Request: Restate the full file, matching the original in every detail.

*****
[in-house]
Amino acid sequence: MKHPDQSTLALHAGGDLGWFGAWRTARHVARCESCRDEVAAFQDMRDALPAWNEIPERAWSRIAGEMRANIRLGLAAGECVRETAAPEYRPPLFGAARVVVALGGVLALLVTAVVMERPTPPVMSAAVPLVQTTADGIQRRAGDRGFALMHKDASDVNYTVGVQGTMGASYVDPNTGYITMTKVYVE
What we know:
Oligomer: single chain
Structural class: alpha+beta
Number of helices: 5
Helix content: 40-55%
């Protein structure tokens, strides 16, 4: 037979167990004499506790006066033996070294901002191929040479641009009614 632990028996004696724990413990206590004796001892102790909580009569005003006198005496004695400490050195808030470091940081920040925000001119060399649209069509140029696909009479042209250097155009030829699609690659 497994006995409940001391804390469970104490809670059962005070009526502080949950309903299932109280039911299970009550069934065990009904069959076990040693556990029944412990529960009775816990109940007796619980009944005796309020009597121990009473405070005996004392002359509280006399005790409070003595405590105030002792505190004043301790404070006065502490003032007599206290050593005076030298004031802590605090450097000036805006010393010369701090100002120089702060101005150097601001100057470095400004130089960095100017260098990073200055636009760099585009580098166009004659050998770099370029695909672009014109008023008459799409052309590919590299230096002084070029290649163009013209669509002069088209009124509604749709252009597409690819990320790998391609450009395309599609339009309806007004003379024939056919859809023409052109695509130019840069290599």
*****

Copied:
[in-house]
Amino acid sequence: MKHPDQSTLALHAGGDLGWFGAWRTARHVARCESCRDEVAAFQDMRDALPAWNEIPERAWSRIAGEMRANIRLGLAAGECVRETAAPEYRPPLFGAARVVVALGGVLALLVTAVVMERPTPPVMSAAVPLVQTTADGIQRRAGDRGFALMHKDASDVNYTVGVQGTMGASYVDPNTGYITMTKVYVE
What we know:
Oligomer: single chain
Structural class: alpha+beta
Number of helices: 5
Helix content: 40-55%
């Protein structure tokens, strides 16, 4: 037979167990004499506790006066033996070294901002191929040479641009009614 632990028996004696724990413990206590004796001892102790909580009569005003006198005496004695400490050195808030470091940081920040925000001119060399649209069509140029696909009479042209250097155009030829699609690659 497994006995409940001391804390469970104490809670059962005070009526502080949950309903299932109280039911299970009550069934065990009904069959076990040693556990029944412990529960009775816990109940007796619980009944005796309020009597121990009473405070005996004392002359509280006399005790409070003595405590105030002792505190004043301790404070006065502490003032007599206290050593005076030298004031802590605090450097000036805006010393010369701090100002120089702060101005150097601001100057470095400004130089960095100017260098990073200055636009760099585009580098166009004659050998770099370029695909672009014109008023008459799409052309590919590299230096002084070029290649163009013209669509002069088209009124509604749709252009597409690819990320790998391609450009395309599609339009309806007004003379024939056919859809023409052109695509130019840069290599």